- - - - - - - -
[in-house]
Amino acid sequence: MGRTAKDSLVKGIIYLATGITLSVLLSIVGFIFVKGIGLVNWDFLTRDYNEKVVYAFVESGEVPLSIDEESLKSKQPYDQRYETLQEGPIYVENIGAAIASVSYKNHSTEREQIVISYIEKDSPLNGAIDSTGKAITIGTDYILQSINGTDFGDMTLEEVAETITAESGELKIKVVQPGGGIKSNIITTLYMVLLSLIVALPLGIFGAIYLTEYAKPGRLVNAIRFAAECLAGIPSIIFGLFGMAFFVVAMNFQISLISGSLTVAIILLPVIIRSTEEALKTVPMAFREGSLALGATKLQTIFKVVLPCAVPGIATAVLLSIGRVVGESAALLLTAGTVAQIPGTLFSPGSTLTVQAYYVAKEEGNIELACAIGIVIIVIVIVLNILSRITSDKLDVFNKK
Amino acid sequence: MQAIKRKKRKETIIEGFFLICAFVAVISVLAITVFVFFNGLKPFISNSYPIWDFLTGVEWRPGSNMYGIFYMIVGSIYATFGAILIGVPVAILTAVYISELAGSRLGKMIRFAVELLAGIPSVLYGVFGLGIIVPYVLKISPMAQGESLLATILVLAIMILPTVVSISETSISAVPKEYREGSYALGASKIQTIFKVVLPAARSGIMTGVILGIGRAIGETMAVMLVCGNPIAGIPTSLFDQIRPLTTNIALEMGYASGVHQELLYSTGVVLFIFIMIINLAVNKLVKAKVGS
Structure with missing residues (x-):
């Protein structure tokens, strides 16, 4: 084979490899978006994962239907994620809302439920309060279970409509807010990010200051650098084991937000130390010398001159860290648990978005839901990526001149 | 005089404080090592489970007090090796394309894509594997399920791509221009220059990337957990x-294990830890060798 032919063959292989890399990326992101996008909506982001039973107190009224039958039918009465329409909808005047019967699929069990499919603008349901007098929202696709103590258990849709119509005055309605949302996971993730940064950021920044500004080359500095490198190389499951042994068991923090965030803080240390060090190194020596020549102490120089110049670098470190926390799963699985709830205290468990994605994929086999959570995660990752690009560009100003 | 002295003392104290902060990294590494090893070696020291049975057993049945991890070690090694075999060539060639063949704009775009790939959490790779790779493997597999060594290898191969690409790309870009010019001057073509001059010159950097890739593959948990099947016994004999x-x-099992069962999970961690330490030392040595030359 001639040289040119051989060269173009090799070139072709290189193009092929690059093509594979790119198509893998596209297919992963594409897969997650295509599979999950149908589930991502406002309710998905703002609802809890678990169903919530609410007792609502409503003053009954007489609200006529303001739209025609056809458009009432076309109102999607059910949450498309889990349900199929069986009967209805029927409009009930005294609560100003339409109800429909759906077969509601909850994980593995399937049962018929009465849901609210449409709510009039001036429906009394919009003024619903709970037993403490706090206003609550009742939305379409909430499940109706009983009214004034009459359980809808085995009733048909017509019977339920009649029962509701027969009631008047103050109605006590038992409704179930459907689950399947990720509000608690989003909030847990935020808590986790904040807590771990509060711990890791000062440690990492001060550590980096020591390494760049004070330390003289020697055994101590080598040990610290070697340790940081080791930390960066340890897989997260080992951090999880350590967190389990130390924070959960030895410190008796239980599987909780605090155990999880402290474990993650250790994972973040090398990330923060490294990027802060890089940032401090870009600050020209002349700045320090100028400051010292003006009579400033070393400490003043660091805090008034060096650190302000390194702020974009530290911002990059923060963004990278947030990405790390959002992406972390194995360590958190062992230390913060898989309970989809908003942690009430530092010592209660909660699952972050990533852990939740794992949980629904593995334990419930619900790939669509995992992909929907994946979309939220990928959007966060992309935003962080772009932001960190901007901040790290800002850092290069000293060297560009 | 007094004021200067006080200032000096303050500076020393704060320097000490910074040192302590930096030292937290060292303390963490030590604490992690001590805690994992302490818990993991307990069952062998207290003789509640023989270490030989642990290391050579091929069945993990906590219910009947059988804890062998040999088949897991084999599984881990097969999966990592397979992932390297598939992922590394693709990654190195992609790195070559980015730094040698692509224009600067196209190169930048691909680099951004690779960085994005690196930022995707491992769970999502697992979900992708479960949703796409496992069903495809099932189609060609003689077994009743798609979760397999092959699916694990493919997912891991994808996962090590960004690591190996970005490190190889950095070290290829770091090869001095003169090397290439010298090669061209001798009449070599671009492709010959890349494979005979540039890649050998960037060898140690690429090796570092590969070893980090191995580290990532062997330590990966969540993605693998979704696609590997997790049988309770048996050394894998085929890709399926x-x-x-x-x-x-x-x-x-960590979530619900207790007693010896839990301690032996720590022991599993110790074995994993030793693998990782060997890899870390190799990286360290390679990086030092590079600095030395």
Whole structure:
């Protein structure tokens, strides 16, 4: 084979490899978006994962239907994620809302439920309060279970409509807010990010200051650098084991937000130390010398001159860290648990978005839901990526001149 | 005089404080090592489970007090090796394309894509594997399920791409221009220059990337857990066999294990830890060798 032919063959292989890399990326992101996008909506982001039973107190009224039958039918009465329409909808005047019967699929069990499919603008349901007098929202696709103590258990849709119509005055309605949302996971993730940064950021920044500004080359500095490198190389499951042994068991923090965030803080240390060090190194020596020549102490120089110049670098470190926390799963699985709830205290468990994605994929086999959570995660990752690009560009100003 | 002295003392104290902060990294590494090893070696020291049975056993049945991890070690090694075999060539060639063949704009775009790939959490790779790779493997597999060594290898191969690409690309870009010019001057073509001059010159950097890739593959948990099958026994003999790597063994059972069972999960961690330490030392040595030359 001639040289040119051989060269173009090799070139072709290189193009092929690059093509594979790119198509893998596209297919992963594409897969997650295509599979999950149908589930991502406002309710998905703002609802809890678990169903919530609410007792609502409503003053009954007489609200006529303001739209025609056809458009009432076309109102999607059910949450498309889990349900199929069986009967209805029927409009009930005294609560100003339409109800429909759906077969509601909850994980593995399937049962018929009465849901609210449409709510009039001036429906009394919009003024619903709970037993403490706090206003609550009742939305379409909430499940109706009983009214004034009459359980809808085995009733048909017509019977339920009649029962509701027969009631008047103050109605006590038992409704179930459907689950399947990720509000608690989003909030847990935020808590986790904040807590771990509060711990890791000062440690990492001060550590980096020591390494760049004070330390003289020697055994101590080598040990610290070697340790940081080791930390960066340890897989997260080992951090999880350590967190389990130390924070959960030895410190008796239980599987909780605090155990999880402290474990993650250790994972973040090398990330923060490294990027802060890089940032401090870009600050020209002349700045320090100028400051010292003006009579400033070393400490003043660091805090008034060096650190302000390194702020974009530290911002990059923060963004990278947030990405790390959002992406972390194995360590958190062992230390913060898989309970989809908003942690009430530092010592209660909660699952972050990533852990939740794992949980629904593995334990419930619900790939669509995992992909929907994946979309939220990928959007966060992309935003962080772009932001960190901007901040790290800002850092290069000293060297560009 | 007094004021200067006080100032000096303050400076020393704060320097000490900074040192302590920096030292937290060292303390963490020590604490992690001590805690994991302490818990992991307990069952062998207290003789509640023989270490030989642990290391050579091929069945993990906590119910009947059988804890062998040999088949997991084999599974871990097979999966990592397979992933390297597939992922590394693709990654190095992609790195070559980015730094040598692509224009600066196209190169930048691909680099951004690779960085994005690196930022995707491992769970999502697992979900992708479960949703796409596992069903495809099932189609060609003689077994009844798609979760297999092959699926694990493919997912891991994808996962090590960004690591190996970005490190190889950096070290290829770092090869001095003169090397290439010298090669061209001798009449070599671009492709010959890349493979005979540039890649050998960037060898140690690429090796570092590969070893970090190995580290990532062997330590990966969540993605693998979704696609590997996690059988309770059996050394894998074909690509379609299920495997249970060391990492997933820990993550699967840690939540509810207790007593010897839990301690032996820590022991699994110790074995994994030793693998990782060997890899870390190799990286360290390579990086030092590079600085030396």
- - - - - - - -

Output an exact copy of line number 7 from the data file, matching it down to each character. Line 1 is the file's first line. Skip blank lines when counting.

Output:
């Protein structure tokens, strides 16, 4: 084979490899978006994962239907994620809302439920309060279970409509807010990010200051650098084991937000130390010398001159860290648990978005839901990526001149 | 005089404080090592489970007090090796394309894509594997399920791409221009220059990337857990066999294990830890060798 032919063959292989890399990326992101996008909506982001039973107190009224039958039918009465329409909808005047019967699929069990499919603008349901007098929202696709103590258990849709119509005055309605949302996971993730940064950021920044500004080359500095490198190389499951042994068991923090965030803080240390060090190194020596020549102490120089110049670098470190926390799963699985709830205290468990994605994929086999959570995660990752690009560009100003 | 002295003392104290902060990294590494090893070696020291049975056993049945991890070690090694075999060539060639063949704009775009790939959490790779790779493997597999060594290898191969690409690309870009010019001057073509001059010159950097890739593959948990099958026994003999790597063994059972069972999960961690330490030392040595030359 001639040289040119051989060269173009090799070139072709290189193009092929690059093509594979790119198509893998596209297919992963594409897969997650295509599979999950149908589930991502406002309710998905703002609802809890678990169903919530609410007792609502409503003053009954007489609200006529303001739209025609056809458009009432076309109102999607059910949450498309889990349900199929069986009967209805029927409009009930005294609560100003339409109800429909759906077969509601909850994980593995399937049962018929009465849901609210449409709510009039001036429906009394919009003024619903709970037993403490706090206003609550009742939305379409909430499940109706009983009214004034009459359980809808085995009733048909017509019977339920009649029962509701027969009631008047103050109605006590038992409704179930459907689950399947990720509000608690989003909030847990935020808590986790904040807590771990509060711990890791000062440690990492001060550590980096020591390494760049004070330390003289020697055994101590080598040990610290070697340790940081080791930390960066340890897989997260080992951090999880350590967190389990130390924070959960030895410190008796239980599987909780605090155990999880402290474990993650250790994972973040090398990330923060490294990027802060890089940032401090870009600050020209002349700045320090100028400051010292003006009579400033070393400490003043660091805090008034060096650190302000390194702020974009530290911002990059923060963004990278947030990405790390959002992406972390194995360590958190062992230390913060898989309970989809908003942690009430530092010592209660909660699952972050990533852990939740794992949980629904593995334990419930619900790939669509995992992909929907994946979309939220990928959007966060992309935003962080772009932001960190901007901040790290800002850092290069000293060297560009 | 007094004021200067006080100032000096303050400076020393704060320097000490900074040192302590920096030292937290060292303390963490020590604490992690001590805690994991302490818990992991307990069952062998207290003789509640023989270490030989642990290391050579091929069945993990906590119910009947059988804890062998040999088949997991084999599974871990097979999966990592397979992933390297597939992922590394693709990654190095992609790195070559980015730094040598692509224009600066196209190169930048691909680099951004690779960085994005690196930022995707491992769970999502697992979900992708479960949703796409596992069903495809099932189609060609003689077994009844798609979760297999092959699926694990493919997912891991994808996962090590960004690591190996970005490190190889950096070290290829770092090869001095003169090397290439010298090669061209001798009449070599671009492709010959890349493979005979540039890649050998960037060898140690690429090796570092590969070893970090190995580290990532062997330590990966969540993605693998979704696609590997996690059988309770059996050394894998074909690509379609299920495997249970060391990492997933820990993550699967840690939540509810207790007593010897839990301690032996820590022991699994110790074995994994030793693998990782060997890899870390190799990286360290390579990086030092590079600085030396």